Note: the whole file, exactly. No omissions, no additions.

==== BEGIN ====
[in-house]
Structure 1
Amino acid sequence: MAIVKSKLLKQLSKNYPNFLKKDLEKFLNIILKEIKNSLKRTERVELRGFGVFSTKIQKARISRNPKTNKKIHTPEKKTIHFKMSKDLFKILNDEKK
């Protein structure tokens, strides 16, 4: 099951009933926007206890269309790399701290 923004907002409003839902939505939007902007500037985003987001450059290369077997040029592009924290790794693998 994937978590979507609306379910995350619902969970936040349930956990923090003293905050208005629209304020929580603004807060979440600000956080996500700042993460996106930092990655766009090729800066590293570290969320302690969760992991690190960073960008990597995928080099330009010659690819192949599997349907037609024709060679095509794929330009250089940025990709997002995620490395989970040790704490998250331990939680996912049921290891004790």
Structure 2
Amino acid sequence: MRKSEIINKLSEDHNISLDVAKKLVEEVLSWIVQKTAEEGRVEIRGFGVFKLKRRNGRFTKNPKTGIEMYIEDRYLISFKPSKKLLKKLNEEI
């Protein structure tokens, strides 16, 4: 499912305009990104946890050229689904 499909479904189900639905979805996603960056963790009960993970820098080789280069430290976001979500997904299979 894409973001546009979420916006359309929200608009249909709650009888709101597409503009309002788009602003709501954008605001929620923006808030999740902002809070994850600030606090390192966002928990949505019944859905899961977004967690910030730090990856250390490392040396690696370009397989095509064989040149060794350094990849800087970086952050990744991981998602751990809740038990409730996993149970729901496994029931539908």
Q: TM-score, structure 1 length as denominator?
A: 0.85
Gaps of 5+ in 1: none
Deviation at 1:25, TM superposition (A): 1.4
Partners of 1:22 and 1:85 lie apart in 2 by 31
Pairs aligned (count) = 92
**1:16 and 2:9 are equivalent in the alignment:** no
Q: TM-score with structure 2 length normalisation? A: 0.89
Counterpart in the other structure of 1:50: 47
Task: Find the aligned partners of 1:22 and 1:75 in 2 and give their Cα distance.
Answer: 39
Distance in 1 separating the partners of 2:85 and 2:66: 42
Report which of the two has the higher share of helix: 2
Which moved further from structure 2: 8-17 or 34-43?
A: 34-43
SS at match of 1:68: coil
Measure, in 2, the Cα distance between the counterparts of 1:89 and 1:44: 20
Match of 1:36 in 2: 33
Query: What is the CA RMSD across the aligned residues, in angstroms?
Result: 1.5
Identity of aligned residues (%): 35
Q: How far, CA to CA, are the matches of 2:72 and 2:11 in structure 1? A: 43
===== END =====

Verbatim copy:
[in-house]
Structure 1
Amino acid sequence: MAIVKSKLLKQLSKNYPNFLKKDLEKFLNIILKEIKNSLKRTERVELRGFGVFSTKIQKARISRNPKTNKKIHTPEKKTIHFKMSKDLFKILNDEKK
């Protein structure tokens, strides 16, 4: 099951009933926007206890269309790399701290 923004907002409003839902939505939007902007500037985003987001450059290369077997040029592009924290790794693998 994937978590979507609306379910995350619902969970936040349930956990923090003293905050208005629209304020929580603004807060979440600000956080996500700042993460996106930092990655766009090729800066590293570290969320302690969760992991690190960073960008990597995928080099330009010659690819192949599997349907037609024709060679095509794929330009250089940025990709997002995620490395989970040790704490998250331990939680996912049921290891004790």
Structure 2
Amino acid sequence: MRKSEIINKLSEDHNISLDVAKKLVEEVLSWIVQKTAEEGRVEIRGFGVFKLKRRNGRFTKNPKTGIEMYIEDRYLISFKPSKKLLKKLNEEI
């Protein structure tokens, strides 16, 4: 499912305009990104946890050229689904 499909479904189900639905979805996603960056963790009960993970820098080789280069430290976001979500997904299979 894409973001546009979420916006359309929200608009249909709650009888709101597409503009309002788009602003709501954008605001929620923006808030999740902002809070994850600030606090390192966002928990949505019944859905899961977004967690910030730090990856250390490392040396690696370009397989095509064989040149060794350094990849800087970086952050990744991981998602751990809740038990409730996993149970729901496994029931539908």
Q: TM-score, structure 1 length as denominator?
A: 0.85
Gaps of 5+ in 1: none
Deviation at 1:25, TM superposition (A): 1.4
Partners of 1:22 and 1:85 lie apart in 2 by 31
Pairs aligned (count) = 92
**1:16 and 2:9 are equivalent in the alignment:** no
Q: TM-score with structure 2 length normalisation? A: 0.89
Counterpart in the other structure of 1:50: 47
Task: Find the aligned partners of 1:22 and 1:75 in 2 and give their Cα distance.
Answer: 39
Distance in 1 separating the partners of 2:85 and 2:66: 42
Report which of the two has the higher share of helix: 2
Which moved further from structure 2: 8-17 or 34-43?
A: 34-43
SS at match of 1:68: coil
Measure, in 2, the Cα distance between the counterparts of 1:89 and 1:44: 20
Match of 1:36 in 2: 33
Query: What is the CA RMSD across the aligned residues, in angstroms?
Result: 1.5
Identity of aligned residues (%): 35
Q: How far, CA to CA, are the matches of 2:72 and 2:11 in structure 1? A: 43